Friday, October 29, 2010
Wednesday, September 22, 2010
Saturday, September 18, 2010
Sunday, September 12, 2010
The New "pound of Flesh"
The sophisticated modern man
who saved me
from the stereotypical tragedy,
took my heart,
took my hand
and soared to unknown heights,
and glorified the
unconventional woman in me,
after six years and a half
and six cups of tea a day
Is there a new Vivimarie in the making? Other poems are Cocktail - an amusing description of the hollow and brief encounters at what else but a cocktail party; File Delayed - makes one think on what is important in life and that have been missed amidst the pressures of work; Marriage - is a startlingly good poem that reveals the facade of a violent marriage. One of the things I loved about Vivimarie's poetry is how she took everyday events and highlighted the mundane or particular social issues in a few lines. Chanima seems to closely follow in Vivimarie's footsteps. She has passion and there is outrage. Two things that can fuel the writing of good poetry. However, I feel that she needs to mature in her writing. Undoubtedly, Chanima Wijebandara has talent. She has important things to say about life and love and social issues. Tea and me for a first attempt at writing poetry is commendable but it has room for improvement. Like the title, I will await Chanima's second publication and hope that she has let it steep and brew awhile before it goes to press.
On another note, the Colombo Book Fair starts in a few days time. Oh Goody! You can bet that I will be there stocking up on books to do more reviews on. See ya there!
Tuesday, August 3, 2010
Wednesday, July 21, 2010
Tuesday, July 6, 2010
Whoa! What a book. Firstly, I just love the whole design of the book. Secondly, Mark Wilde has kickass taste in music. Thirdly, this is some attention grabbing story.
A problem I have with some Sri Lankan books is that they have a nice story but they are told so badly that it ruins it for the reader. The story in Chucking the Dragon is not pretty: a young man who is preparing to attend the University of Colombo finds himself hooked on heroin. The son of privileged but somewhat indifferent parents, he ends up doing anything and everything to get money for his drug habit. In the West such stories are a dime a dozen, but here in Sri Lanka this is a first. And though many not want to think so, this could be the story of many young people today.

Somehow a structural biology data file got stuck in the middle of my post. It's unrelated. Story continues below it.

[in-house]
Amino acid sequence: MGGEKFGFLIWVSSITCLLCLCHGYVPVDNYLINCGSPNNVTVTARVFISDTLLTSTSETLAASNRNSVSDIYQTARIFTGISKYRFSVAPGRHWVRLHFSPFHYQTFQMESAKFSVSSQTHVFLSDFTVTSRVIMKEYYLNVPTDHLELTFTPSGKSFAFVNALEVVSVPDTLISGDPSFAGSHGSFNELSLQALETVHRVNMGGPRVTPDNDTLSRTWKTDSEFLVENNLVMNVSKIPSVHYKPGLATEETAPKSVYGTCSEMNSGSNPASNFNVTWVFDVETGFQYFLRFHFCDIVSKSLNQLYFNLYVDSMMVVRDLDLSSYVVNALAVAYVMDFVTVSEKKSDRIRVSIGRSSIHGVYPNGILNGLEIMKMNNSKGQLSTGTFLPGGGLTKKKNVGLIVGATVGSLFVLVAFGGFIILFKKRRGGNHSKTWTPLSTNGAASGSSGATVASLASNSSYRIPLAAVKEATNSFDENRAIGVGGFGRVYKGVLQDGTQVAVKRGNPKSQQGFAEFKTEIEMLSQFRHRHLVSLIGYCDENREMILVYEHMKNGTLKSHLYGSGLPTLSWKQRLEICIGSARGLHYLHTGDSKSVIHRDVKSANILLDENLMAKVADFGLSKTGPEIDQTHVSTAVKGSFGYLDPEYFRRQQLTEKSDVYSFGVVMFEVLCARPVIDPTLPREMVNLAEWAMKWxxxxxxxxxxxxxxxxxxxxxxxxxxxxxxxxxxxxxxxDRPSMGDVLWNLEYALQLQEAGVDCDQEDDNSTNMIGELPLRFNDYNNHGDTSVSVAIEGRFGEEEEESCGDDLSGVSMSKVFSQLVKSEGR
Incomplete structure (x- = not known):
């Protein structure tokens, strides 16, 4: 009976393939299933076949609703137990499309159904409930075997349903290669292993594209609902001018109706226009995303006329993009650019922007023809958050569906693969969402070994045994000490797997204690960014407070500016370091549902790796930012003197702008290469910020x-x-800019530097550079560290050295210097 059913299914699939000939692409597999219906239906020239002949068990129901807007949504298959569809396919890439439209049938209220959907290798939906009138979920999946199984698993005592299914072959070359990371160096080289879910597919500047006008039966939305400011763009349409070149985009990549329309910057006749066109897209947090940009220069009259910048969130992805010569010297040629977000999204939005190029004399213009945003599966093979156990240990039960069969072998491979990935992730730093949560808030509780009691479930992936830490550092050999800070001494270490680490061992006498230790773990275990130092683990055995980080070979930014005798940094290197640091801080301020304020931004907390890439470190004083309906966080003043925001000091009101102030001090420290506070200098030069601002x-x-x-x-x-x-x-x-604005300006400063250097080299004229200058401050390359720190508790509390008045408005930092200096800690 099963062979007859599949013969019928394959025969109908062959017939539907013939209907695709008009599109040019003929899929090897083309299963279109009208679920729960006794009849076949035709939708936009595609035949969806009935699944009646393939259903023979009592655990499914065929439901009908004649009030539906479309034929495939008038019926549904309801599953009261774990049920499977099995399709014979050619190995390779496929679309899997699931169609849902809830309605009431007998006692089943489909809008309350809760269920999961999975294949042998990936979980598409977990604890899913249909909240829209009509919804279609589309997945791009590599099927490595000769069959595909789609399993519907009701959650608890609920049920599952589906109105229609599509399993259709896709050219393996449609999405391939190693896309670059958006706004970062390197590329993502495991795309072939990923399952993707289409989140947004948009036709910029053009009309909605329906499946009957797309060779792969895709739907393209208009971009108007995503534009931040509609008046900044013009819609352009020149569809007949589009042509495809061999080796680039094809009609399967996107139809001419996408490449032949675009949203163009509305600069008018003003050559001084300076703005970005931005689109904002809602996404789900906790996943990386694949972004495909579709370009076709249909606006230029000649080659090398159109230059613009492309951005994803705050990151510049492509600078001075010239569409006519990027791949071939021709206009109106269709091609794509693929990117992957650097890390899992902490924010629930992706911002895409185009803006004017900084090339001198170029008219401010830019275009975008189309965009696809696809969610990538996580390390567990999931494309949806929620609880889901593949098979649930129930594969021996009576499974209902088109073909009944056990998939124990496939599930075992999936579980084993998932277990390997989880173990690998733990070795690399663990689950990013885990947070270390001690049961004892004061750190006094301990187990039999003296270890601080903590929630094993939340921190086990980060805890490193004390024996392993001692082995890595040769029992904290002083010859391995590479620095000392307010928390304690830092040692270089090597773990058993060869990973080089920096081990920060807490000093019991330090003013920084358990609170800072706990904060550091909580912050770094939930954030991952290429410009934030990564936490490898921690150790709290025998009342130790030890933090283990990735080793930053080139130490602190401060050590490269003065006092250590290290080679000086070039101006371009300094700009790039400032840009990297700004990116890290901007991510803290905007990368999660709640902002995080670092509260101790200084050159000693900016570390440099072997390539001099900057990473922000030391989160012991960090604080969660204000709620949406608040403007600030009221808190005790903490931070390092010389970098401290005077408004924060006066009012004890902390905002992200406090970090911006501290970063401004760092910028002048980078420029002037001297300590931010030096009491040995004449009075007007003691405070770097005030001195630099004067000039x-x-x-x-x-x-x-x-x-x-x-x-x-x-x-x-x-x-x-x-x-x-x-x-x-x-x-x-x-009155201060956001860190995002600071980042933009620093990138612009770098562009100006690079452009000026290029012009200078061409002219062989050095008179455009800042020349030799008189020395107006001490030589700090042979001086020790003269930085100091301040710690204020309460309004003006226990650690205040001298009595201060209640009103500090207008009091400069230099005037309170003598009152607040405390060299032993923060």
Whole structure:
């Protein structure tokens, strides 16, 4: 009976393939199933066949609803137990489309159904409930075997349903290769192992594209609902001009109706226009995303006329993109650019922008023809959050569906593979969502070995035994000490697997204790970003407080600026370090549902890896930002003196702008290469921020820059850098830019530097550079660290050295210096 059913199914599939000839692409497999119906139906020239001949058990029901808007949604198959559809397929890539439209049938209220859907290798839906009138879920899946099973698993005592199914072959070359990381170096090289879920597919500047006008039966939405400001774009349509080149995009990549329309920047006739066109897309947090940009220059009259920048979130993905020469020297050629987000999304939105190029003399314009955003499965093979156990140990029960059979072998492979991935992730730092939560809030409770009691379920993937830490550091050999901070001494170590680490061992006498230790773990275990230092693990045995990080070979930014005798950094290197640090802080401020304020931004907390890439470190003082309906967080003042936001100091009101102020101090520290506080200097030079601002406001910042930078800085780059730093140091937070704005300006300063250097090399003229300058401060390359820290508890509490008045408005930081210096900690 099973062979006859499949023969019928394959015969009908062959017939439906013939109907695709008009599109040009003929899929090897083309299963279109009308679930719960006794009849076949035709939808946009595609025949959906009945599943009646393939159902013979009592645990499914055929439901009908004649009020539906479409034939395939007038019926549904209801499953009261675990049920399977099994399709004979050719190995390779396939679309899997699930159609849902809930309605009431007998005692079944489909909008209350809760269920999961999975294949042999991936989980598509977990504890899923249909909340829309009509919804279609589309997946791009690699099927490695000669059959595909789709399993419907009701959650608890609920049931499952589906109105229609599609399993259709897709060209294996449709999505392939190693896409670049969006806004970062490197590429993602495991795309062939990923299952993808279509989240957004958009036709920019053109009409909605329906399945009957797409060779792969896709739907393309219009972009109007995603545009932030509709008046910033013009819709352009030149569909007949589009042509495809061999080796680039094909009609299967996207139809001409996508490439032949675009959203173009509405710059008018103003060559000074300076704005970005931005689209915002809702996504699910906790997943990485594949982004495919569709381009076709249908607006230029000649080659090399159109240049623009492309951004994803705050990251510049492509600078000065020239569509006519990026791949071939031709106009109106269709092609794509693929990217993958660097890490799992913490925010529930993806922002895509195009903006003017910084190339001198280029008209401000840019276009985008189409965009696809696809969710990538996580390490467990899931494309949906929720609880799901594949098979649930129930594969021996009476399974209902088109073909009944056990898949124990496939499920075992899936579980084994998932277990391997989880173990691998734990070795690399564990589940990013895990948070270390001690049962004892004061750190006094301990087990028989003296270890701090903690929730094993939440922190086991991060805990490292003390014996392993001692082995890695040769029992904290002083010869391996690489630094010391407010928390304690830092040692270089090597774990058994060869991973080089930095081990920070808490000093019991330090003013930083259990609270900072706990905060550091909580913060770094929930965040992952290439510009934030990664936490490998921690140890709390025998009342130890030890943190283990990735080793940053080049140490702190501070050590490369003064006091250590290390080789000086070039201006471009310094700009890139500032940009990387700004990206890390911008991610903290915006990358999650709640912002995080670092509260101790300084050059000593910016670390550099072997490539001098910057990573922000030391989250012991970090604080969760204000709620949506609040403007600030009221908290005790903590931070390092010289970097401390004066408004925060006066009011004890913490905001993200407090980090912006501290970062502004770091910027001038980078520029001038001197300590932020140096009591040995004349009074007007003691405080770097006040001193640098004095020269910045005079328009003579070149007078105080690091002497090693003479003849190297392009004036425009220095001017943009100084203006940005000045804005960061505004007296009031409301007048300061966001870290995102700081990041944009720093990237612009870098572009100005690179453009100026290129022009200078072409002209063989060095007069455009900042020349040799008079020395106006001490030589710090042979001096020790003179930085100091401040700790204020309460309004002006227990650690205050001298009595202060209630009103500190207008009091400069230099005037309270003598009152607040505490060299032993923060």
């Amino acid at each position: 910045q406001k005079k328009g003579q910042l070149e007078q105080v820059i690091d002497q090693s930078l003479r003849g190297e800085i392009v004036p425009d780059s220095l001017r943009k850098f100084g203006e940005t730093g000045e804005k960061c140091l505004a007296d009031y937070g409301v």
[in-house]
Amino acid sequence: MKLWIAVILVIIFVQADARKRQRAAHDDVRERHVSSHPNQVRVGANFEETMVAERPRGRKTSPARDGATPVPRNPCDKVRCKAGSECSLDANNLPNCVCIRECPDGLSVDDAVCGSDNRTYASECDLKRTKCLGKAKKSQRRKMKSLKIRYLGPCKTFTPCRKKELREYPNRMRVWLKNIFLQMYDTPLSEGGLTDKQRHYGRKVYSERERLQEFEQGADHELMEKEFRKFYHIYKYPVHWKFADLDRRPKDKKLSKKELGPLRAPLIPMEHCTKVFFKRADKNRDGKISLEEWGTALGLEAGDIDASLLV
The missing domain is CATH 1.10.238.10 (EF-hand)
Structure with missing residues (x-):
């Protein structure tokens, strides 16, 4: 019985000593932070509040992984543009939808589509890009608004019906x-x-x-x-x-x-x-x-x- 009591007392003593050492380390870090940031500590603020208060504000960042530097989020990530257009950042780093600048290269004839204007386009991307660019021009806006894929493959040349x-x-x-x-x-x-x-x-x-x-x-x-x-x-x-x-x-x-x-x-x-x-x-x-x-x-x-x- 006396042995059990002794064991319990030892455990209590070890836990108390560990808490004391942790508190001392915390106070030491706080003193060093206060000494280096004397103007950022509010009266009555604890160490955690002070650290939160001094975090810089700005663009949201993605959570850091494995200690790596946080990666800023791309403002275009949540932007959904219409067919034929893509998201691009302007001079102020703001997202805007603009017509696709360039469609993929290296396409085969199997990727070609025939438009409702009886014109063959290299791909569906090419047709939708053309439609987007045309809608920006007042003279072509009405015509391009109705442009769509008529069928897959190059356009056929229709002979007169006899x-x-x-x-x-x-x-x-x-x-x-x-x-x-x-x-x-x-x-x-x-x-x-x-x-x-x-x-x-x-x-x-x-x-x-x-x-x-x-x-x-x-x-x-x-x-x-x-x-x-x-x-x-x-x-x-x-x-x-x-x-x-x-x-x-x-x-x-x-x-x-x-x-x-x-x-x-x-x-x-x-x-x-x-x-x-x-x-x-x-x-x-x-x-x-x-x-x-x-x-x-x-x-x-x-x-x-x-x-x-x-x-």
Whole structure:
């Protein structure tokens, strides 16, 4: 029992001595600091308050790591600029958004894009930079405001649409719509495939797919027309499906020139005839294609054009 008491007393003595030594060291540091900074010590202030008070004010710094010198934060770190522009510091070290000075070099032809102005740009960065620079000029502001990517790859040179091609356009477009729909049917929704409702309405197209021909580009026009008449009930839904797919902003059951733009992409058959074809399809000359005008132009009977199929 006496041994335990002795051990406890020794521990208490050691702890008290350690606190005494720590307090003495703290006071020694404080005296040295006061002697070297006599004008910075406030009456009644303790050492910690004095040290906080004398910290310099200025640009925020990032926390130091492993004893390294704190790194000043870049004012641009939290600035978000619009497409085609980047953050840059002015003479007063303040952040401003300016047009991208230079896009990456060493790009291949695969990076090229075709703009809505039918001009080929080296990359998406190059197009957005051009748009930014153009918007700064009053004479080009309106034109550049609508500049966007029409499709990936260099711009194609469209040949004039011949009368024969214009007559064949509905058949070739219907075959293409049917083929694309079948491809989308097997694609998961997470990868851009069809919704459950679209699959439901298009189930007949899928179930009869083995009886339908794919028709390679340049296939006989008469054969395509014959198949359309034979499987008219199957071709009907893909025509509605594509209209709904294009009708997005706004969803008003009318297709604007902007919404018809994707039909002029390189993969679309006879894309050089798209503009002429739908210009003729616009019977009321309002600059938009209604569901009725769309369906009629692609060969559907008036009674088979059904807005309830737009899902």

Written as an autobiography Mark Wilde takes you on a wild and bumpy journey that covers almost everything sordid - from being a rent boy, to drug overdoses, to painful withdrawel symptoms when Wilde wants to kick the habit - the reader is spared nothing. Wilde reflects the typical young arrogant university student attitude of having an opinion on everything, living life on the edge and hellbent on the road to disaster. The writing is edgy and sometimes x-rated, it pushes the boundaries of Sri Lankan English writing which I like. And let me hasten to add that I do not say because Wilde uses four letter words that his writing pushes the boundaries. I say it because his sentences trip on the tongue like a drug induced monologue. For much of the novel, Wilde stays in character.
Now what is this story about. Chucking the Dragon, is Wilde's tortured tale of kicking the heroin habit. Hence the title, with the dragon referring to heroin. But it begins when he is still an addict, with only other addicts as friends, having lost the love of his life, and at his first year at university. At uni he feels a misfit, so while other students are talking of careers and love affairs, he goes into the toilets to shoot up. He ends up almost dropping out but yet with minimal studying he does better than the regular students. Is Mark Wilde saying something about the standard of university education? Eventually, Wilde disillusioned with his life, decides to kick the habit by going cold turkey in a beach shack down south. However, after almost a year of being clean and renewing old friendships and lovers Wilde contemplates going back on the habit.